Featuring David Walker, Former Comptroller General, Government Accountability Office; David Wessel, Director, Hutchins Center, Brookings Institution; and Mark Calabria, Director, Financial Regulation Studies, Cato Institute; moderated by Josh Zumbrun, Reporter, Wall Street Journal.
For libertarians, the basic unit of social analysis is the individual. Individuals are, in all cases, the source and foundation of creativity, activity, and society. In the new issue of Cato Policy Report, Cato scholar David Boaz, author of The Libertarian Mind: A Manifesto for Freedom, explains the roles and rights of individuals in a free society, and cautions against a vision of a world in which individuals have no way to cooperate with others except through the state.
Two long wars, chronic deficits, the financial crisis, the costly drug war, the growth of executive power under Presidents Bush and Obama, and the revelations about NSA abuses, have given rise to a growing libertarian movement in our country – with a greater focus on individual liberty and less government power. David Boaz’s newly released The Libertarian Mind is a comprehensive guide to the history, philosophy, and growth of the libertarian movement, with incisive analyses of today’s most pressing issues and policies.
Featuring Tim Donner, Founder and President, One Generation Away; Roger Pilon, Vice President for Legal Affairs, Cato Institute; Christopher Donesa, Former Chief Counsel, House Permanent Select Committee on Intelligence; and Claire McCaffery Griffin, Principal, CGC, LLC; moderated by Dean Reuter, Vice President and Director, Practice Groups, Federalist Society.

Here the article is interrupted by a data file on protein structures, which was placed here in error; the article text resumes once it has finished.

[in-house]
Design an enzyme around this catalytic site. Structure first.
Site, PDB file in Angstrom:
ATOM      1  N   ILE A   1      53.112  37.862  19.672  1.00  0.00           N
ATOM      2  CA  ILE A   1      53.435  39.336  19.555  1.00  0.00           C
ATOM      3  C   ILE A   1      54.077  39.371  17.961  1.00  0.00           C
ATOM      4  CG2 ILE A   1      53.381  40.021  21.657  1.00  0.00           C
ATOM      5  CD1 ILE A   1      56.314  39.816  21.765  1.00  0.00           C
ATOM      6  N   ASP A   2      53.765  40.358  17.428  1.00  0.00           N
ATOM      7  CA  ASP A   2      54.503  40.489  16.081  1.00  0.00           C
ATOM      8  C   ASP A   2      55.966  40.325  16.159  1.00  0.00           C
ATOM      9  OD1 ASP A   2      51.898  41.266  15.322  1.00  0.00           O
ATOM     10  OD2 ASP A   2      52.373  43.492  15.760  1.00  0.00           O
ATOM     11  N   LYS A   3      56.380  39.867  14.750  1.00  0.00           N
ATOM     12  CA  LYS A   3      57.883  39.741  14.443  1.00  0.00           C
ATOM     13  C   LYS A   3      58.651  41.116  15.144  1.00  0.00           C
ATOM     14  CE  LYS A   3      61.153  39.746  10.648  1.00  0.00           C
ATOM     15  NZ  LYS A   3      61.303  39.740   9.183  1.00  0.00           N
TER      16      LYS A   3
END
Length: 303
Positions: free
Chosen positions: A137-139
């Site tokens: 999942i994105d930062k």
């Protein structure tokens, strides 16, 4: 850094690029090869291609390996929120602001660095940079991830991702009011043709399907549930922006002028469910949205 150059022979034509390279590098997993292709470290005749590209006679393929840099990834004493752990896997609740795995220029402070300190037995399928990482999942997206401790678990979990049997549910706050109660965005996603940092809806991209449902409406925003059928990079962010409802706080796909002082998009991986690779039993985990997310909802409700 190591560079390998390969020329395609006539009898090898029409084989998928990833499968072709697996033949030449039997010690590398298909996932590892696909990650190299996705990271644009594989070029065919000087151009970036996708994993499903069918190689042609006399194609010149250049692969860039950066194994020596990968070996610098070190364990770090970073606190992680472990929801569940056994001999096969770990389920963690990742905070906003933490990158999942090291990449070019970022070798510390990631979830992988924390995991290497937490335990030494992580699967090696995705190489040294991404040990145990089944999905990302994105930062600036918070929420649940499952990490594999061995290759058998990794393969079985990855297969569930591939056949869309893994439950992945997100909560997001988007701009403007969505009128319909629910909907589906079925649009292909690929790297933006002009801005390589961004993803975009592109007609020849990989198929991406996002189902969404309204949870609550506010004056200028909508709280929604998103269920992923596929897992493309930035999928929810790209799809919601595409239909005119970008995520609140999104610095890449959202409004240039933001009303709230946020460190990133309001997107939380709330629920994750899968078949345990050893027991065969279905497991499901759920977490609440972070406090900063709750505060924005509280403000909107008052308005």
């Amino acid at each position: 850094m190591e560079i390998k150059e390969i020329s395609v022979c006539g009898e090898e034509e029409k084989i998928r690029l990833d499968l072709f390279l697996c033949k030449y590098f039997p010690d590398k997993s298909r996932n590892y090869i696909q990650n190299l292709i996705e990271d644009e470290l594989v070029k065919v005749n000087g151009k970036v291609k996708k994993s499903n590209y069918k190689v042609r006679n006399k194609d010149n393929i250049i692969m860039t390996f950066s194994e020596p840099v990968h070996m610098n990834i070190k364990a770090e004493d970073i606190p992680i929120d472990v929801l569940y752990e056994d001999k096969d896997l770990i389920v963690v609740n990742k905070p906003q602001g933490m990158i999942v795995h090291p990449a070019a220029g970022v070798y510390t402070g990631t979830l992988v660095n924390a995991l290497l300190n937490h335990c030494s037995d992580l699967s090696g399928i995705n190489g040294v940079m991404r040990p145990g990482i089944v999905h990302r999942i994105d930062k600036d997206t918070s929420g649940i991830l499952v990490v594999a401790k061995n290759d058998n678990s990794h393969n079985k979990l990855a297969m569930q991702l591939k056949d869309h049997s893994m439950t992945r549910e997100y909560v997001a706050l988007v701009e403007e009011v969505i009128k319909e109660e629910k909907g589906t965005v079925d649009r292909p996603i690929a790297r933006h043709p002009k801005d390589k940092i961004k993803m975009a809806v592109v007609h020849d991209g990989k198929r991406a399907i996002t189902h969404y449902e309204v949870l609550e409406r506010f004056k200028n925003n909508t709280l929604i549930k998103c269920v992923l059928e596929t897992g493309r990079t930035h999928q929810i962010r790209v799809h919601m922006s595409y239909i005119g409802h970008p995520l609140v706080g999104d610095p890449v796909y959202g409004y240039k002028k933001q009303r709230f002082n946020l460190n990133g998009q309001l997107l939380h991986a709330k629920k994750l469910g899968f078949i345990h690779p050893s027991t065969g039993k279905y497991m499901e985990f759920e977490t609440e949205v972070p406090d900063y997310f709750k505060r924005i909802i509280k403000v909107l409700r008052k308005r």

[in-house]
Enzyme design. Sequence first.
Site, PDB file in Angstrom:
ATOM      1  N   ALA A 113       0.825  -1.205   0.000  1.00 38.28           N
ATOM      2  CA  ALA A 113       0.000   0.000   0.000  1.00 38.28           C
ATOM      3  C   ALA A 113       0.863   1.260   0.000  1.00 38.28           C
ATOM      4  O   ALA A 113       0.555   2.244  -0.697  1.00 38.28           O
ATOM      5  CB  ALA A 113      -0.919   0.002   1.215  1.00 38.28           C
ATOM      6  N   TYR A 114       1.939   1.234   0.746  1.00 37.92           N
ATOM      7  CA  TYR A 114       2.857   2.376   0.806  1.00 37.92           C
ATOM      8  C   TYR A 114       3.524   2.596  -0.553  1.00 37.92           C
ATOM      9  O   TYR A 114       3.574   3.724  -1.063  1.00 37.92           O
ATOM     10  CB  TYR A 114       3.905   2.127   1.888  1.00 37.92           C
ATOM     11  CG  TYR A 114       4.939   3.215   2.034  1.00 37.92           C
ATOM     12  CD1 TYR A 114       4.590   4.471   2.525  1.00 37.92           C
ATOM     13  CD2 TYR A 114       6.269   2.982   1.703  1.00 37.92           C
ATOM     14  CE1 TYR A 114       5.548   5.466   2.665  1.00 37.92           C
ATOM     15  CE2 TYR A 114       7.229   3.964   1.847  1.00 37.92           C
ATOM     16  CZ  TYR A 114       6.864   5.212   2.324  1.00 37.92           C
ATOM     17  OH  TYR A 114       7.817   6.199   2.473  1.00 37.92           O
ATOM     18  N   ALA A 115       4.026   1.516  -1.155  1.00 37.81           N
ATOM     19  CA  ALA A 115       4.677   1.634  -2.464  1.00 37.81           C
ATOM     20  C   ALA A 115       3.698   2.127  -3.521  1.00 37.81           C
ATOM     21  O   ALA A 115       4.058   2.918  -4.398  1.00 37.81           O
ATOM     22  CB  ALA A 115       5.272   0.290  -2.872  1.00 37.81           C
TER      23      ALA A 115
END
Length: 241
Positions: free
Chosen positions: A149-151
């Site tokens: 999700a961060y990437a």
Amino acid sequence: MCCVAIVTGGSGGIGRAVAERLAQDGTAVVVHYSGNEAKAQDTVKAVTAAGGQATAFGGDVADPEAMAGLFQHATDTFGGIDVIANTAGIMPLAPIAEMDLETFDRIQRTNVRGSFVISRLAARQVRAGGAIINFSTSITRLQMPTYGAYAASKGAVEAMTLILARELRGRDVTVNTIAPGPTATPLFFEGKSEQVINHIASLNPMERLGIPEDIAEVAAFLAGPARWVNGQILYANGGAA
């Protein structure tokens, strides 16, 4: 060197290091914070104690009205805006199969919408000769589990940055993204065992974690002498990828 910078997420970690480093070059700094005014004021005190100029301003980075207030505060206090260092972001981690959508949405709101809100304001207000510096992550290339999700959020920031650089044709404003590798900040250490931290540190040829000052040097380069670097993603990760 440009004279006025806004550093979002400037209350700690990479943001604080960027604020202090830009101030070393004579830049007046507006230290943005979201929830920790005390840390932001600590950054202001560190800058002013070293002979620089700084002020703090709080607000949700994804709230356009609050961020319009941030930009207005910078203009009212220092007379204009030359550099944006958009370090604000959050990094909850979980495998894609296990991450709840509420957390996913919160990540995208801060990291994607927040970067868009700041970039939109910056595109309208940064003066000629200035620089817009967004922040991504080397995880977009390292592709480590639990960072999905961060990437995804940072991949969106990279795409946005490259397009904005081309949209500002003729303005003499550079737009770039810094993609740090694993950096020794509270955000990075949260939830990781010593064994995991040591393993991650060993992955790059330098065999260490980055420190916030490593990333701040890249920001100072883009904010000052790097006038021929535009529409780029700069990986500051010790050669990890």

The Federalist Papers, which explain America’s founding principles and the practical means for securing them, were instrumental in winning the hard-fought battle to ratify the Constitution. Yet today, high-school students often find it difficult to read them, if they are even encouraged to do so. To address that problem, and to help America’s future leaders to better understand the principles embedded in the Constitution, One Generation Away has published a book of essays by leading constitutional scholars that explains the central themes of the Federalist Papers in a language that upper-level high-school students of today will more easily comprehend. Please join us for a discussion of this book by two of its authors, followed by a discussion of how it may be used in the classroom.